At Big Brothers Big Sisters, we believe every child should have the opportunity to reach his or her full potential – both as individuals and citizens. We believe that by changing the course of young lives we can in turn be changing the course of a community’s future.
Start Talking is a place where we want to raise awareness of key issues that face today’s youth. We will sometimes advocate, sometimes educate, sometimes inform, sometimes ask questions and always invite discussion about the pressing concerns that involve the younger generations of today.

Monday, March 10, 2014

How Far Have We Come, Really?

“Of all the evils for which man has made himself responsible, none is so degrading, so shocking or so brutal as his abuse of the better half of humanity; the female sex.” – Mahatma Ghandi

When I tell my two children, boys aged 9 and 7, that there was a time when women couldn’t vote – they look at me like I have grown a second head. Some people would say that is a good thing – but I disagree.

Don’t get me wrong. I am thrilled that my kids think women should be able to vote; however, there are many key injustices that women still face today that are just as incredulous and yet are not at the forefront of public discussions.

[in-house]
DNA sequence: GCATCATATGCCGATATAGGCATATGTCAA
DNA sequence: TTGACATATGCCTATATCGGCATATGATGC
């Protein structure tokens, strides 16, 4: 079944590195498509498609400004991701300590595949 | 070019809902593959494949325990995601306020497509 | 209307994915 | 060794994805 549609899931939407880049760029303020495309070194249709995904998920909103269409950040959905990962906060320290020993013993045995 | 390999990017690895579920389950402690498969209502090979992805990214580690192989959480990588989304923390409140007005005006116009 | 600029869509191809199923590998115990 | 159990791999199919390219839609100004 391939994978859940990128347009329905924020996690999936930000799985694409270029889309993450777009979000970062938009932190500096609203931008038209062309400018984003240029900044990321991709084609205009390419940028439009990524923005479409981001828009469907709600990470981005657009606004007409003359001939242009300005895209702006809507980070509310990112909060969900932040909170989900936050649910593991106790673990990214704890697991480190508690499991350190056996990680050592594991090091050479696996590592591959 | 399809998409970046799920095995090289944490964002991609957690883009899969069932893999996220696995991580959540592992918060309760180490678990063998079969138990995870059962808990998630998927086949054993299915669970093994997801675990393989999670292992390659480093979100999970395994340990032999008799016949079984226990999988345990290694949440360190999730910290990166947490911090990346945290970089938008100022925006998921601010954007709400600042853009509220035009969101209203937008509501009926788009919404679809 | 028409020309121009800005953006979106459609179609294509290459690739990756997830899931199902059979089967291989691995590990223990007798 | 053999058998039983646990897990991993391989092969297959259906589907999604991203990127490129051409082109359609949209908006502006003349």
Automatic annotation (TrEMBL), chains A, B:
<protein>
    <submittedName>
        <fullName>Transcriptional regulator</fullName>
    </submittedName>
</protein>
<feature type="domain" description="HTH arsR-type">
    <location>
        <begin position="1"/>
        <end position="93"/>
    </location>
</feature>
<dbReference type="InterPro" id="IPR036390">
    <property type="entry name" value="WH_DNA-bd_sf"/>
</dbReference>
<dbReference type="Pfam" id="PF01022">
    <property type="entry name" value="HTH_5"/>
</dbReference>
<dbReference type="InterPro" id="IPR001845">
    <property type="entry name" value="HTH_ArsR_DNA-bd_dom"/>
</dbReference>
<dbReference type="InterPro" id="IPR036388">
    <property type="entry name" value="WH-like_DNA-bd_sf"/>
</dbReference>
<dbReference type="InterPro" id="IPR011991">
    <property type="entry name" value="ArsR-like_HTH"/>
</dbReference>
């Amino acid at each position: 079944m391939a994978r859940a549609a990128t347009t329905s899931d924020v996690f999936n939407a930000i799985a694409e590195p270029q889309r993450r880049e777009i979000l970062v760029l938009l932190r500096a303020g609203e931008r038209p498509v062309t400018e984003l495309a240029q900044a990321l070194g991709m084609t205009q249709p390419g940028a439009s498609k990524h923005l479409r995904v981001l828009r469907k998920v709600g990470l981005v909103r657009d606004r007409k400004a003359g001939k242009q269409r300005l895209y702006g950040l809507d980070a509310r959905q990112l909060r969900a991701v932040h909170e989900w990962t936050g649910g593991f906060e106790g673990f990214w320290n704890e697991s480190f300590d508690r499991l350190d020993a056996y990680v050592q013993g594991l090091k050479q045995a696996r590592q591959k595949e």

I hope I get to see the day when the following statements will seem just as incredulous.

There was a time when:

1. Only 4.6% of the CEOs of the top companies were women and they were paid far less than their male counterparts.
2. Only 4 female directors were nominated for an academy award.
3. The movie industry would not make movies with female leads for female audiences because they didn’t think anybody would watch them.
4. Half of all murder victims in Canada were killed by a former or current intimate partner.
5. A women who was elected President of a University Student Union was subjected to jokes about rape on social media – just because she won.
6. Women earned 77 cents for every dollar a man earned.
7. Eighty percent of eighth-grade girls said they are on diets.
8. Women made up 70% of the workforce but there was no National Daycare or Flextime provided for women to manage both child-rearing and work obligations.
9. Women from dual-income households spent twice as many hours on childcare as their male partners
10. Women from dual-income households spent 1.5 times as many hours doing domestic chores than their male counterparts.

“I do not wish them [women] to have power over men; but over themselves.”
― Mary Wollstonecraft

Please share with us which statement you would like to see changed.

Jennifer Thomas
Marketing Director
Big Brothers Big Sisters of Canada

No comments:

Post a Comment